Fennel - the Plant and Its Uses

Fennel - the Plant and Its Uses
Shortly after we were married, my husband brought home a clump of green woody-textured stems with roots and planted it in the front yard close to the house. Our yard is mostly red clay so plants must be hearty to grow well here. The stems soon produced wispy greenery and in the springtime there were tiny yellow flowers that lay in a single layer across the top of each branch.

The plant had an aroma similar to licorice and as it grew and the foliage filled out it became a very pretty addition to the yard. Each year it has made a larger and thicker circle of canes. We have enjoyed its beauty and the unusual smell that comes from the stem when it is broken off. We wondered for some time what kind of plant it might be but no one we asked seemed to know. Finally we searched the internet for plants matching a sketchy description and after reading several articles and looking at quite a few pictures, we found that our plant matched the description and image of an herb called fennel.

We also did some research on what fennel can be used for and found some interesting facts. The entire fennel plant is edible, even the bulb which is the most nutritious part. Fennel seeds can be gathered after the blooms shed and are good for seasoning fish, sausage, and poultry. The stalks and leaves are used as ingredients for many Italian dishes. For a different and healthy salad idea cut up new, tender fennel stems and leaves and serve Italian style with olive oil, salt and lemon wedges as suggested in "A Pinch Of...." .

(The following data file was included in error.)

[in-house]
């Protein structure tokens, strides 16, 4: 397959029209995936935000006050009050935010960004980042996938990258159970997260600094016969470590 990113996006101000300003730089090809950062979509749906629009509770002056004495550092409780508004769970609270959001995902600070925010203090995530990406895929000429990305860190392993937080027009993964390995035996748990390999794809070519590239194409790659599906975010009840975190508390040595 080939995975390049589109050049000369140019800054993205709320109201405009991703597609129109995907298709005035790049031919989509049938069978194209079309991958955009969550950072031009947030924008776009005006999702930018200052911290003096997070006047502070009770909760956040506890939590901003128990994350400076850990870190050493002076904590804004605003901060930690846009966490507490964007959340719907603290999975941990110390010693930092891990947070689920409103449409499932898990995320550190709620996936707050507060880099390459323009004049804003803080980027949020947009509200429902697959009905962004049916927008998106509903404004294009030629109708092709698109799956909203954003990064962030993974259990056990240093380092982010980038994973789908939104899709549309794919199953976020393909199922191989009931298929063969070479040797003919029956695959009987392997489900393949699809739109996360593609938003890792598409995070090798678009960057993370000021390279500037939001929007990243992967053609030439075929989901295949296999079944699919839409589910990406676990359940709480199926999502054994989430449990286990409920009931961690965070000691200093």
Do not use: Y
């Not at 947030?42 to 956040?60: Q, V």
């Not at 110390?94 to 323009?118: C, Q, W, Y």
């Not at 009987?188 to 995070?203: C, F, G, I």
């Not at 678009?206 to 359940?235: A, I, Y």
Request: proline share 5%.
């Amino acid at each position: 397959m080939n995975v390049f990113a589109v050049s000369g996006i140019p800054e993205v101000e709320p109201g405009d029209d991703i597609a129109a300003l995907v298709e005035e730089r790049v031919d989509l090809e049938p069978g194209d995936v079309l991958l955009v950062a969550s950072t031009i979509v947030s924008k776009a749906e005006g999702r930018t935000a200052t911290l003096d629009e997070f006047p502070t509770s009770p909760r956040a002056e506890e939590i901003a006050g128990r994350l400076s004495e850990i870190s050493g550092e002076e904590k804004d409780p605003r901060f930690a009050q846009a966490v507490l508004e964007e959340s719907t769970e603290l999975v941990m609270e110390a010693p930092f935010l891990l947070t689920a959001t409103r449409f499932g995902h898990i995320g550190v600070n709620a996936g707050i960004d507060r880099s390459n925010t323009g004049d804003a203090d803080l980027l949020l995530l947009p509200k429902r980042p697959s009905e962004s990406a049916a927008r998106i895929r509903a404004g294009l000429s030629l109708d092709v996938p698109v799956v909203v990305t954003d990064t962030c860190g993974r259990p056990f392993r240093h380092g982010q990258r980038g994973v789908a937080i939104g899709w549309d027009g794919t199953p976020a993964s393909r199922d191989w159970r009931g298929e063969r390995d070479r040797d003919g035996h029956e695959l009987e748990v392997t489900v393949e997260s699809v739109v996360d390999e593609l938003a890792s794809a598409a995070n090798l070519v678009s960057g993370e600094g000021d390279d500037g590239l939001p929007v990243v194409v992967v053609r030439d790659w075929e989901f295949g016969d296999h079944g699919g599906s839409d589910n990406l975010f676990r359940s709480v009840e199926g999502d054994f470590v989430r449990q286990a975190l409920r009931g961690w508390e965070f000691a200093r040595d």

Fennel also has medicinal value and has been successfully used to relieve discomforts in the intestines and stomach such as gas and cramps. Fennel contains potassium and fiber and is beneficial in reducing high blood pressure and high cholesterol. The fennel bulb produces Vitamin C which aids the immune system and is naturally antibacterial. Essential oil of fennel is gleaned from the plant's bulb and can be diluted and used as an ointment for skin irritations. It can be taken as a tea or as an herbal capsule which can be purchased from health food stores.

For a unique addition to your herb garden look for fennel seeds or sprouts at your local garden center or feed and grain store. As it grows and spreads you can share with your friends and family who enjoy gardening.